Terms for Visual Analysis

produced by students in ENG 298, Spring 2000
from William H. Phillips, Film: An Introduction, Chapter 10

MEANING: The import of a cultural product, its reason for being: what it is trying to communicate. To state the meaning of something is to make an observation or a general statement about its subject.

Explicit Meanings: general observations given by a certain work, within it -- such as subtitles or title cards in silent films.

Implicit Meanings: ideas implied by a cultural product. Different meanings are communicated to people from different cultural, ethnic, and socio-economic backgrounds.

EVENT: In a narrative, either a happening (such as rain falling) or an action.

SYMBOL: Anything perceptible that has significance or meaning beyond its usual meaning or function.

SCENE: A section of a narrative film that gives the impression of continuous action taking place in one continuous time and space.

FRAME:

  1. (noun) The borders of the projected film screen or TV set or computer monitor.
  2. (verb) To position the camera in such a way that the subject is kept within the borders of the image.

MISE EN SCENE: An image's setting, subject (usually people or characters), and composition (the arrangement of setting and subjects within the frame).

SHOT: An uninterrupted strip of exposed motion-picture film or videotape. A shot presents a subject, perhaps even a blank screen, during an uninterrupted segment of time. Thus, most films are made up of thousands and thousands of shots.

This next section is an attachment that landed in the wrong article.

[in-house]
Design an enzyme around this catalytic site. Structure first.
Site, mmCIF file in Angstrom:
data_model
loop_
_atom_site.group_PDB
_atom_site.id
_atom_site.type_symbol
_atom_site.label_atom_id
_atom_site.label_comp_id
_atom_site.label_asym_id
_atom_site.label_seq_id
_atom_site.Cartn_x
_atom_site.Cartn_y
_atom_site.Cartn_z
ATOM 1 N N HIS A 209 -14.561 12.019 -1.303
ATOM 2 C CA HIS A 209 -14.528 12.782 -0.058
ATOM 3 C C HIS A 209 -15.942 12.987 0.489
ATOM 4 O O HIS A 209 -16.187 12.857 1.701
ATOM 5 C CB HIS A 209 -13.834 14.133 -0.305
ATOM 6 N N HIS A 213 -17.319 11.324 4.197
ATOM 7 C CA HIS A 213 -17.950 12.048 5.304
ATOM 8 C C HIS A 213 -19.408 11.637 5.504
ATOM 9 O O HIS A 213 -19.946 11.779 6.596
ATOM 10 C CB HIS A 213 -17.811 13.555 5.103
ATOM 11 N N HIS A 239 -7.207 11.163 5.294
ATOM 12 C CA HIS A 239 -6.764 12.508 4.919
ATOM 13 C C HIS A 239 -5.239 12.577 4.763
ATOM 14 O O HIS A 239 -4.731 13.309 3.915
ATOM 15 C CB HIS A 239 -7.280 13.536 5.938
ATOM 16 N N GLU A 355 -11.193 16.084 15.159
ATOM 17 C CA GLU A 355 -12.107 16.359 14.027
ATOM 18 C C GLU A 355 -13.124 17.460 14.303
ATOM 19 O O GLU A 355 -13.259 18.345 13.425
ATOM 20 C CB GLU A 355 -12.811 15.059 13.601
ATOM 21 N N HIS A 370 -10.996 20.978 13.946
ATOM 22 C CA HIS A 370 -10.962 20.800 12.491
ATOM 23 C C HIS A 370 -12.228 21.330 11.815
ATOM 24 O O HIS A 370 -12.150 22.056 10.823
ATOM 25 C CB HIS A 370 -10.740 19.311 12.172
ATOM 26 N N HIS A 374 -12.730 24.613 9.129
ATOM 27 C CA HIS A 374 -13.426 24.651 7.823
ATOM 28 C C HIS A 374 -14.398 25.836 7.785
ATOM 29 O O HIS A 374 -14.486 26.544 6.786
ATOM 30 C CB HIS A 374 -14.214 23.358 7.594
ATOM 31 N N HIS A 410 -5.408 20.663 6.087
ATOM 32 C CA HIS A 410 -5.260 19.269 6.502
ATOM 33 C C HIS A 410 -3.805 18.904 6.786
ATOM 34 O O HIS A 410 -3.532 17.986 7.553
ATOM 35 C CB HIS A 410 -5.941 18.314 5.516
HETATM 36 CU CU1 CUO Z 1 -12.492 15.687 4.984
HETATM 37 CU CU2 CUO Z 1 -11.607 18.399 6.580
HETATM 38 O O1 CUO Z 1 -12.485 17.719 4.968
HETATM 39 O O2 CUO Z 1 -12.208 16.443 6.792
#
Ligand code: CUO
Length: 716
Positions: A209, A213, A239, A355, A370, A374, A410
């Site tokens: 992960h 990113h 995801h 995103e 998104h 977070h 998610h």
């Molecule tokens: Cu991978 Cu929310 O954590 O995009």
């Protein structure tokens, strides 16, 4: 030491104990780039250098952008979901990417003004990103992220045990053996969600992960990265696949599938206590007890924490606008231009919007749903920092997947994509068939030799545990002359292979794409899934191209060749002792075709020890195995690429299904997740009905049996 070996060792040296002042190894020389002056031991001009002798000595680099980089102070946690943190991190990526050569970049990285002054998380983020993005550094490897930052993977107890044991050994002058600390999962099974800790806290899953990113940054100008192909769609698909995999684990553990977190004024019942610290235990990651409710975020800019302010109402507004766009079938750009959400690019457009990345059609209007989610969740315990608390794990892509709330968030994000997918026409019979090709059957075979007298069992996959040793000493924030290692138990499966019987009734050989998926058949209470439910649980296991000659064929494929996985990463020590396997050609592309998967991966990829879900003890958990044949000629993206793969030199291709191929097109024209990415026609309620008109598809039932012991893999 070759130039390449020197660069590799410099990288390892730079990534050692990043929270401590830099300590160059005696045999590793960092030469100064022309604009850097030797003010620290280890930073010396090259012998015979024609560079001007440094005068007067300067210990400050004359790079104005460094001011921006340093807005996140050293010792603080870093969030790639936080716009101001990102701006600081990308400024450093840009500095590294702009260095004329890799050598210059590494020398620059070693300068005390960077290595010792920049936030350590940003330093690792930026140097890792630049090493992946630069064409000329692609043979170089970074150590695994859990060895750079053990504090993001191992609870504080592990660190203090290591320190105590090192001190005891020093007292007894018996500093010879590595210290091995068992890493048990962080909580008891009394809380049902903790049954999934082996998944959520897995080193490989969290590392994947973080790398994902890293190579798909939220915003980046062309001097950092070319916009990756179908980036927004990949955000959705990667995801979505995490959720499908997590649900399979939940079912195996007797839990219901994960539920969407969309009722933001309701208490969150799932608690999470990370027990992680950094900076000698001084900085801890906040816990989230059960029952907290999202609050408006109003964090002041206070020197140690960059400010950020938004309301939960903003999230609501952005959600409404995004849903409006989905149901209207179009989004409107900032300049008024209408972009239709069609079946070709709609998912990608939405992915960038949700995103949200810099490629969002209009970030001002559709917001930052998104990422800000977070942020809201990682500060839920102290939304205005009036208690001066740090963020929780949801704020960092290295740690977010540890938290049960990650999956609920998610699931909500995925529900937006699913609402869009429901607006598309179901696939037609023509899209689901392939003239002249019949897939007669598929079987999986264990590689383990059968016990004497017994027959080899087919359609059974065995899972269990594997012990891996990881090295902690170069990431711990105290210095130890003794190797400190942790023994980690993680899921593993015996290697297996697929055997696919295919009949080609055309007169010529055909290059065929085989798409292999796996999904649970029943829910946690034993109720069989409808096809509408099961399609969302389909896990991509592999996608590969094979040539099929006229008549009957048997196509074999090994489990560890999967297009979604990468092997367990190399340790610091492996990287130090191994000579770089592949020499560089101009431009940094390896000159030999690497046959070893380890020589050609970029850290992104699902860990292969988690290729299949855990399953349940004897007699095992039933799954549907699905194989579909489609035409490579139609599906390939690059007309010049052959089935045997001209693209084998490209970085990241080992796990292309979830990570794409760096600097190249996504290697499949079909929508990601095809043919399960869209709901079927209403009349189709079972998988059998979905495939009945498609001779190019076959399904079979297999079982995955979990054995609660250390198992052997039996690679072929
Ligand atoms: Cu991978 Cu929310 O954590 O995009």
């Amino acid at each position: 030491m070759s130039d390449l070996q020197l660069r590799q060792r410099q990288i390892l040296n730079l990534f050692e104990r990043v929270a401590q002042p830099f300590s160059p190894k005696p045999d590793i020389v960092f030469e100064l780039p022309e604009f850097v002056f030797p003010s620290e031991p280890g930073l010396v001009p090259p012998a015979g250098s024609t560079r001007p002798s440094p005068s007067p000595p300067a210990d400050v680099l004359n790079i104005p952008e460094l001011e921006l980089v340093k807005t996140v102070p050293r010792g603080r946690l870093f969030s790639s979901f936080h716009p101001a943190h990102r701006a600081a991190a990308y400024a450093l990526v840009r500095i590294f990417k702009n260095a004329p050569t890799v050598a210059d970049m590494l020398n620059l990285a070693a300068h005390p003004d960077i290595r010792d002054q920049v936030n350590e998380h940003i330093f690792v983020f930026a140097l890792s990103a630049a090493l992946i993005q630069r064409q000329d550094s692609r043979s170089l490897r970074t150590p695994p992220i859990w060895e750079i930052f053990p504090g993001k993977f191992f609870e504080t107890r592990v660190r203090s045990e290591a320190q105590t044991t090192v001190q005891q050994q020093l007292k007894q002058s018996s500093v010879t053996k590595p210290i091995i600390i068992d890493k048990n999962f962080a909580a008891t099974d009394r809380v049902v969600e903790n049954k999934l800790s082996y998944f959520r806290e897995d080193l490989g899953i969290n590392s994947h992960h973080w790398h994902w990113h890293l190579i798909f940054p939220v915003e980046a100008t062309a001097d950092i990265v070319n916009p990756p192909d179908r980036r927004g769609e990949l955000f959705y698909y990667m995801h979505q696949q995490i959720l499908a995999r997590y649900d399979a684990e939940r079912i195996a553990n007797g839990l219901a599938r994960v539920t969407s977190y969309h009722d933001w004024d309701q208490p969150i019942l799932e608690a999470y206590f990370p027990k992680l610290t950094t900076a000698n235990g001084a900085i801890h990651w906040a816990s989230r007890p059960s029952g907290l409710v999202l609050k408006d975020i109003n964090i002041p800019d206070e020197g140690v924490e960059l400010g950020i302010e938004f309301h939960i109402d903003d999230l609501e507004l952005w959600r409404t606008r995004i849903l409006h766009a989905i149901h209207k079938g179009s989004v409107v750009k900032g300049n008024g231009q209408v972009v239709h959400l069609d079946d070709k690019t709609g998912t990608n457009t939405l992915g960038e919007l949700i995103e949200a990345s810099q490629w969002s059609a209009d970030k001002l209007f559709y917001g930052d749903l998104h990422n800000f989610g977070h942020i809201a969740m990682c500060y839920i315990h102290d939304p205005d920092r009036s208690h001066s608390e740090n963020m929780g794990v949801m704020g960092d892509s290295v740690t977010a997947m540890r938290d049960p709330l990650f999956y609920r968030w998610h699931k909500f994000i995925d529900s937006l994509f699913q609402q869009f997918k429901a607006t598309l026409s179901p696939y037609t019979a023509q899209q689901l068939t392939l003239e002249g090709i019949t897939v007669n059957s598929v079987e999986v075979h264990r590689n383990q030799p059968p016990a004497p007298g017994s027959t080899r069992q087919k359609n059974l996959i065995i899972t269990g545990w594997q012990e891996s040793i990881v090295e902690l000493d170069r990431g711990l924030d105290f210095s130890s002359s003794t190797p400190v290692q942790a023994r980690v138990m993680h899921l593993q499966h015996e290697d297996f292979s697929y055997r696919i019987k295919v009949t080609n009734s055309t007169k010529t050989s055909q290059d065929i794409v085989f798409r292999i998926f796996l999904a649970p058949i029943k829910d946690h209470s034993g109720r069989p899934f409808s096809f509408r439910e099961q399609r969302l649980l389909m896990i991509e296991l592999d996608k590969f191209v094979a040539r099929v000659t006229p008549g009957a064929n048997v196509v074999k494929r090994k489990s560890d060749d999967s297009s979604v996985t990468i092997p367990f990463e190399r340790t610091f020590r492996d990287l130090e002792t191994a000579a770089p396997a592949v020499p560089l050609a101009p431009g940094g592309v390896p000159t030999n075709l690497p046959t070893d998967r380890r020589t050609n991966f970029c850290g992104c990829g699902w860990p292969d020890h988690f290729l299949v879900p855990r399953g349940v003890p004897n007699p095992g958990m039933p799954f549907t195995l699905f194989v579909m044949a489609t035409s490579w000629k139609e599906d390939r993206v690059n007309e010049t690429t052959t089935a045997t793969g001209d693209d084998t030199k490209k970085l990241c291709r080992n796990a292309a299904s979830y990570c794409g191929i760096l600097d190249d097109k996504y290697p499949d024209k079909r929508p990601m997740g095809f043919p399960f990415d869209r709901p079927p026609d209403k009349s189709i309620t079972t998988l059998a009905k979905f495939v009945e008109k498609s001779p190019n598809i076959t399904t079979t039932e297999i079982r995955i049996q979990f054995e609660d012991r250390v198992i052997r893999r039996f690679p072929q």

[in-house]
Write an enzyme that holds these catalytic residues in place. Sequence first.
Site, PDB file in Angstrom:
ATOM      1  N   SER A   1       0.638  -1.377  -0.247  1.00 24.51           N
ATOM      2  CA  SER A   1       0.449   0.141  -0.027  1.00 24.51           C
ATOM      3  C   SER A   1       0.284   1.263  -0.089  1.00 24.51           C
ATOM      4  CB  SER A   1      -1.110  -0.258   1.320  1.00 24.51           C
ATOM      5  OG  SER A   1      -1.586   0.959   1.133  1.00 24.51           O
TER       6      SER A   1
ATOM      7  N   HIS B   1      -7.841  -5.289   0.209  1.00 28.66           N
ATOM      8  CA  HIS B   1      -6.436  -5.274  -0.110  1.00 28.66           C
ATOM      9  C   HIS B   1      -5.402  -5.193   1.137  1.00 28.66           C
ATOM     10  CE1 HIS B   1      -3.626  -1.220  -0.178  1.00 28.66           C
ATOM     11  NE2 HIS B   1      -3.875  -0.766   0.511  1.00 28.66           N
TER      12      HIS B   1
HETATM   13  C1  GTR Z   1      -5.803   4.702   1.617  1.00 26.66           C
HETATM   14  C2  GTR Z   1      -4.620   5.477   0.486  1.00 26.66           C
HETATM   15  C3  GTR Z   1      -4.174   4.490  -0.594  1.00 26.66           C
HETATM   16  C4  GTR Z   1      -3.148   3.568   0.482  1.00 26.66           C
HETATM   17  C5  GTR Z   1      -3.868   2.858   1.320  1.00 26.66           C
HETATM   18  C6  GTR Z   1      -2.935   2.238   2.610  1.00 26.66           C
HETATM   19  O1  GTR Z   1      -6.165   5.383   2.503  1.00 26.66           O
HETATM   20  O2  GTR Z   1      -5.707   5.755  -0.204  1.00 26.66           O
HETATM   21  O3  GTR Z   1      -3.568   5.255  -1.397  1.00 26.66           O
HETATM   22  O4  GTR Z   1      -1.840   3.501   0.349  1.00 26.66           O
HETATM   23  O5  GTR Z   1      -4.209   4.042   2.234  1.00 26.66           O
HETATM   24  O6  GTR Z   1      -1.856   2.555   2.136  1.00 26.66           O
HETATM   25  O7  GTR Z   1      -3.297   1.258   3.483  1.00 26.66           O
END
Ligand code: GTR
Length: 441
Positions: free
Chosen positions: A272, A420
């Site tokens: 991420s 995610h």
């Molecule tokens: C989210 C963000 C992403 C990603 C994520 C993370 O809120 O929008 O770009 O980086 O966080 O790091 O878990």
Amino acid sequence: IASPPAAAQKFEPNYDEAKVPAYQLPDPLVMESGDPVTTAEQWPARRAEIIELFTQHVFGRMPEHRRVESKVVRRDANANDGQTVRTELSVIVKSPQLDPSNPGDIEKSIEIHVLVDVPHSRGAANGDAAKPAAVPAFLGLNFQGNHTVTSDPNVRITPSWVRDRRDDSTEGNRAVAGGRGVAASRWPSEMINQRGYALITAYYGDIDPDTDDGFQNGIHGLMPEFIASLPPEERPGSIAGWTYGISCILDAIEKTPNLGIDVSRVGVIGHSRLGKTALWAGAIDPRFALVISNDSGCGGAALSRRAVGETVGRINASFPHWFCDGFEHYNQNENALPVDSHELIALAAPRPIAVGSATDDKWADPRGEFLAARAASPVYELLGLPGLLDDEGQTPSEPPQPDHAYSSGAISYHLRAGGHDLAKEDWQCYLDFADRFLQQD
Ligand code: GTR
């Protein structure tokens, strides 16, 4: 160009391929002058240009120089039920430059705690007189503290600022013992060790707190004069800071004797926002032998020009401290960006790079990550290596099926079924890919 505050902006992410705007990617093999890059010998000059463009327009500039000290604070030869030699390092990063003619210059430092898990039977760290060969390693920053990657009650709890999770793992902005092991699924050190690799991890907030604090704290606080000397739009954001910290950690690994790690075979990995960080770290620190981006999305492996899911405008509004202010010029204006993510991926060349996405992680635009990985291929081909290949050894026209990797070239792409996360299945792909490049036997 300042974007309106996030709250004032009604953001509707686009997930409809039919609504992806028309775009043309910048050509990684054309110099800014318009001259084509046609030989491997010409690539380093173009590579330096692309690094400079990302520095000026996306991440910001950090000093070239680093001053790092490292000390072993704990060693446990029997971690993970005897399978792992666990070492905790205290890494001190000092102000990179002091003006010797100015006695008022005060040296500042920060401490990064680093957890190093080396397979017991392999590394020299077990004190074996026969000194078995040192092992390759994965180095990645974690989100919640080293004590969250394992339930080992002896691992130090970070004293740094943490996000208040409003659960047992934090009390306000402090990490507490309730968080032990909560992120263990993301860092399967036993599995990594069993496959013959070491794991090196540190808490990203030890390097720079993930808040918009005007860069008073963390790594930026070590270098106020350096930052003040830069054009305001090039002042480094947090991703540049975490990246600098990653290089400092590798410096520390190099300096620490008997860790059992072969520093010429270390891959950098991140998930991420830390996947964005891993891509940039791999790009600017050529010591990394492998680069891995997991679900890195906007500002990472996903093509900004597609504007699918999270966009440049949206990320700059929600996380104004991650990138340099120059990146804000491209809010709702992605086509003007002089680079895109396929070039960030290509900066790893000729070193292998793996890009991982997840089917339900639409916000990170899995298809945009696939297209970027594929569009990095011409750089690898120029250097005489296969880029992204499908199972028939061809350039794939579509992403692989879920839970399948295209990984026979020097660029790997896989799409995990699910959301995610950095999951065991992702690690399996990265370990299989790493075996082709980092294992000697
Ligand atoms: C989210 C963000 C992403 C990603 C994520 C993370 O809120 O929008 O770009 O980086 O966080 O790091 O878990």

REACTION SHOT: A shot that shows someone or occasionally an animal presumably responding to an event.

POINT-OF-VIEW SHOT: Camera placement at the approximate position of a character or person (or, occasionally, an animal) that gives a similar view to what that creature would see.

FLASHBACK: A shot or a few shots, a brief scene, or a sequence that interrupts a narrative to show earlier events.

EDIT: To select and arrange the processed segments of photographed motion-picture film in order to develop or undercut the meanings of each shot.

SUPERIMPOSITION: Two or more images appearing on top of each other.

FAST CUTTING: Editing characterized by many brief shots, sometimes shots less than a second long.

MONTAGE: A series of shots, often joined by lap dissolves (see below), used to condense time and events.

LAP DISSOLVE: A transition between shots in which one shot begins to fade out as the next shot fades in, overlapping the first shot before replacing it.

MATCH CUT: Transition between two shots in which an object or movement at the end of one shot closely resembles an object or movement at the beginning of the next shot.

CLOSE-UP: An image in which the subject fills most of the frame and shows little of the surroundings.

FREEZE-FRAME: A projected yet unmoving motion-picture image, which therefore looks like a still photograph.

DOLLY: To film while the camera is mounted on a moving dolly or wheeled platform.

TILTING: Effect achieved when a camera on a stationary base pivots vertically, down to up or up to down, during filming.

EYE-LEVEL ANGLE: A camera angle that creates the effect of the audience being on the same level as the subject.

HIGH ANGLE: View of a subject from above, created by positioning the camera above the subject.

HARD LIGHT: Light that has not been diffused or reflected before illuminating the subject. On subjects illuminated by hard light, shadows are sharp-edged and surface details are more noticeable than with soft light.

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